Tuesday, 16 February 2016

Develop a childlike curiosity

Recently, whilst clearing up around the house, I rediscovered one of the first music books I ever acquired. It was The Observer’s Book of Music by Freda Dinn and Paul Sharp (no humour intended I am sure), first published in 1953 and revised in 1959. For a 14-year-old just starting to learn about music it was a great primer for some of the basics. It described the main instruments played by orchestral musicians, the major musical terms you would most likely see on a concert programme and, towards its end, it provided a series of short paragraphs describing the major classical composers and their work.

Having rediscovered the book I could not resist having a quick flick through and one composer’s description made me do an instant double take. The entry was for Anton Bruckner and it read as follows:

‘Bruckner, Anton (1824 – 1896) Born in Upper Austria, and composed many large – scale works. Influenced by Wagner. There is a certain naivety in his work, and it is not popular outside Germany and Austria.’

The above entry made me do a double take because Bruckner is now considered by many to be a composer of the first rank who, along with the slightly later Mahler and Sibelius, took the orchestral symphony to previously unattained heights of expressiveness.

The dates of the book’s publication and revision perhaps provide a clue to the somewhat dismissive description of Bruckner and his work. The book was written within a decade of the end of the Second World War and its only revision undertaken a mere six years later. It is tempting to think that the memories evoked by the recent hostilities between Britain and Germany (and by association Austria) adversely influenced the authors’ opinions of anything remotely perceived as Germanic.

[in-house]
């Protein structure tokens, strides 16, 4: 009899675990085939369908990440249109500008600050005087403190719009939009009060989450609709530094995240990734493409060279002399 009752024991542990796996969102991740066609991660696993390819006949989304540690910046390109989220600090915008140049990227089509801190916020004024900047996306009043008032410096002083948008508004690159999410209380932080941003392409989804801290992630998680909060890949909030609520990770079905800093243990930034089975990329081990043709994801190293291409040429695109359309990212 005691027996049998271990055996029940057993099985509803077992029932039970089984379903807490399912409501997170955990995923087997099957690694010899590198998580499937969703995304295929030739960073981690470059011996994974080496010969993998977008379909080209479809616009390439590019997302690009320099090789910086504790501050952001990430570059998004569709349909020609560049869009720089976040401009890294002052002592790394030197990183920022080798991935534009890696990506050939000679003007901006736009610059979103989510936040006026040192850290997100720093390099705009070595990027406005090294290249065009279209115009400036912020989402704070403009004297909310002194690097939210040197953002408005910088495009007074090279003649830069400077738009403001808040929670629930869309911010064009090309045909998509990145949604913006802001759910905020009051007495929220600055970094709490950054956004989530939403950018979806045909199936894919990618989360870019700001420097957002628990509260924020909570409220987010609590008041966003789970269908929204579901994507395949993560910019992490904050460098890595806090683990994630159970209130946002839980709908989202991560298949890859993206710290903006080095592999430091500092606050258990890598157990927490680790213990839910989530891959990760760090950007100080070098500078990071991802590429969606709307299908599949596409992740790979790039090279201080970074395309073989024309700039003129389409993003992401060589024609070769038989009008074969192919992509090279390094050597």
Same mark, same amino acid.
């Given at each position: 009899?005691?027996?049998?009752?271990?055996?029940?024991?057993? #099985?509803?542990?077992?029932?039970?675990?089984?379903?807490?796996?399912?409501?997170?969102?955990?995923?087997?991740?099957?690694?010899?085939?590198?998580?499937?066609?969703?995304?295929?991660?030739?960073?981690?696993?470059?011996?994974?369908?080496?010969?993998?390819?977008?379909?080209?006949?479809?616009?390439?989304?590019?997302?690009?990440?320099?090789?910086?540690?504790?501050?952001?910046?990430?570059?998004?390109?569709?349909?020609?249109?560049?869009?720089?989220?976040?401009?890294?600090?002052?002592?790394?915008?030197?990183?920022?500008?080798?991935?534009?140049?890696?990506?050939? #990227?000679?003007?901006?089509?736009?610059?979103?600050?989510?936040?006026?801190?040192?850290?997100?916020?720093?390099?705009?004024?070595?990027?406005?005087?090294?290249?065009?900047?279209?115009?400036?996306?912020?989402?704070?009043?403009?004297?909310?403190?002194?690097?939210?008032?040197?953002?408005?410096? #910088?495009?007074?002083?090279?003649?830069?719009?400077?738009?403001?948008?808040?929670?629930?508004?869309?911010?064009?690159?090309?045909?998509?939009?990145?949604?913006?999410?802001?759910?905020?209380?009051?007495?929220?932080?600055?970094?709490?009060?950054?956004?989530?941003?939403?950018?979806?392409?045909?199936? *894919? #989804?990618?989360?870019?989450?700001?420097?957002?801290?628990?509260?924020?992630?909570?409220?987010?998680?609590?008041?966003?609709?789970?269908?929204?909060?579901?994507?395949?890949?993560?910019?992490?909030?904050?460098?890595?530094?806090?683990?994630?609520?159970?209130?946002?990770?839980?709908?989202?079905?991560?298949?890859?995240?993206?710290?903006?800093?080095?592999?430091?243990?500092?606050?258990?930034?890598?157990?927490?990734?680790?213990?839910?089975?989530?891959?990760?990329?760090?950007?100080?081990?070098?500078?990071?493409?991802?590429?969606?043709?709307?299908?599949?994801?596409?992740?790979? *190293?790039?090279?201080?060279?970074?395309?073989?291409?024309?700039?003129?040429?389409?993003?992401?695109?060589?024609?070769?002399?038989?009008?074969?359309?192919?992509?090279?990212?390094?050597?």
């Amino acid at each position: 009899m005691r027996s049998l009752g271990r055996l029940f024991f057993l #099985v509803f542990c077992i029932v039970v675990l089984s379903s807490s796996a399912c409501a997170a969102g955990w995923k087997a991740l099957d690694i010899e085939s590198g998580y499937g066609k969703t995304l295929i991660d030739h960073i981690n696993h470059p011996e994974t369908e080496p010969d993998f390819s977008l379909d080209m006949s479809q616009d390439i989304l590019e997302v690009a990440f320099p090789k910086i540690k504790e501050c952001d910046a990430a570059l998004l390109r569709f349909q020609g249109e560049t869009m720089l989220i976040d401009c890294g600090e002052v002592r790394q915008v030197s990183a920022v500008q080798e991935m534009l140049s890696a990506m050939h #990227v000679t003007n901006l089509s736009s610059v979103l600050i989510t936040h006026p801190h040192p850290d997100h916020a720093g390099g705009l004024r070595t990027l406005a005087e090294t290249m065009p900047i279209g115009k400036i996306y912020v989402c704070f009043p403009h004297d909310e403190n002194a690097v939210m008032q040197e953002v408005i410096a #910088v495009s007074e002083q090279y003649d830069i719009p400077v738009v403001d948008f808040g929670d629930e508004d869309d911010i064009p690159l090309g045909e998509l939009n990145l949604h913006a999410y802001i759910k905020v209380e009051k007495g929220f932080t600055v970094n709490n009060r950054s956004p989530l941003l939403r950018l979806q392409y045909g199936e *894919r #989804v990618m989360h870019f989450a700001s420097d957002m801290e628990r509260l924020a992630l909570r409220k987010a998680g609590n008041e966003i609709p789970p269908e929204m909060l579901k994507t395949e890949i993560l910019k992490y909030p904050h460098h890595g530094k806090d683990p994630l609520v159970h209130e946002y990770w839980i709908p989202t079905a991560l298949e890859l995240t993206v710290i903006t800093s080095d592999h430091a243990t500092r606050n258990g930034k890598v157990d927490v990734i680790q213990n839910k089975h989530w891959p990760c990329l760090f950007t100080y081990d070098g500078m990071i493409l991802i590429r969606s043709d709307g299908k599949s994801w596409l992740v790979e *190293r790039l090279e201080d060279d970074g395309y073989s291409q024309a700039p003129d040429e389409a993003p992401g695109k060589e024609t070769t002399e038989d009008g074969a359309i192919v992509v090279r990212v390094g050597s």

This is borne out by the entries for other composers influenced by the late romantic Germanic style. Gustav Mahler is said to be ‘more highly regarded in Holland and Germany than elsewhere’ and Richard Strauss, although described as ‘the most successful of Wagner’s successors’ is in the end damned with faint praise:

‘His orchestration is brilliant. Outstanding are his symphonic poems, which are of a passionate, emotional nature, sometimes excessively so.’

Sometimes our thinking and perceptions can be so influenced by the attitudes that pervade our times that we begin to look for and, not unsurprisingly, find those things that we have been conditioned to expect. As a consequence we can fail to appreciate the true worth of what is in front of us.

The next time you find yourself struggling with an issue or problem or trying to evaluate the worth of an idea or potential solution, do your best to filter out the prevailing attitudes that impinge upon your thinking.

You can do this best by following the example of Bruckner, who explored life and music with an open, childlike mind. It is this childlike quality that makes the authors of ‘The Observers’ Book of Music’ correct in their assertion that Bruckner’s music is naïve but wrong in the implied criticism that accompanies it. Bruckner’s music is naïve only in the sense that it communicates his innocent, wide – eyed wonder at the world and the universe that surrounds it. It is this immediacy of expression, unencumbered by convention and the accepted views of the time, which gives his music its unique power to move and inspire people.

Get into the habit of being curious and asking why. Look for what is intriguing, stimulating and fun. Play with the ideas and concepts put in front of you. Take a few things at face value and give them a chance to shine and sound out.

If you do this you might well begin to see more of what is really there, rather than an image distorted by the attitudes and assumptions that attach themselves to you as you go through life. In the process you may also gain one or two unique insights you can call your own.
 
 
 
 
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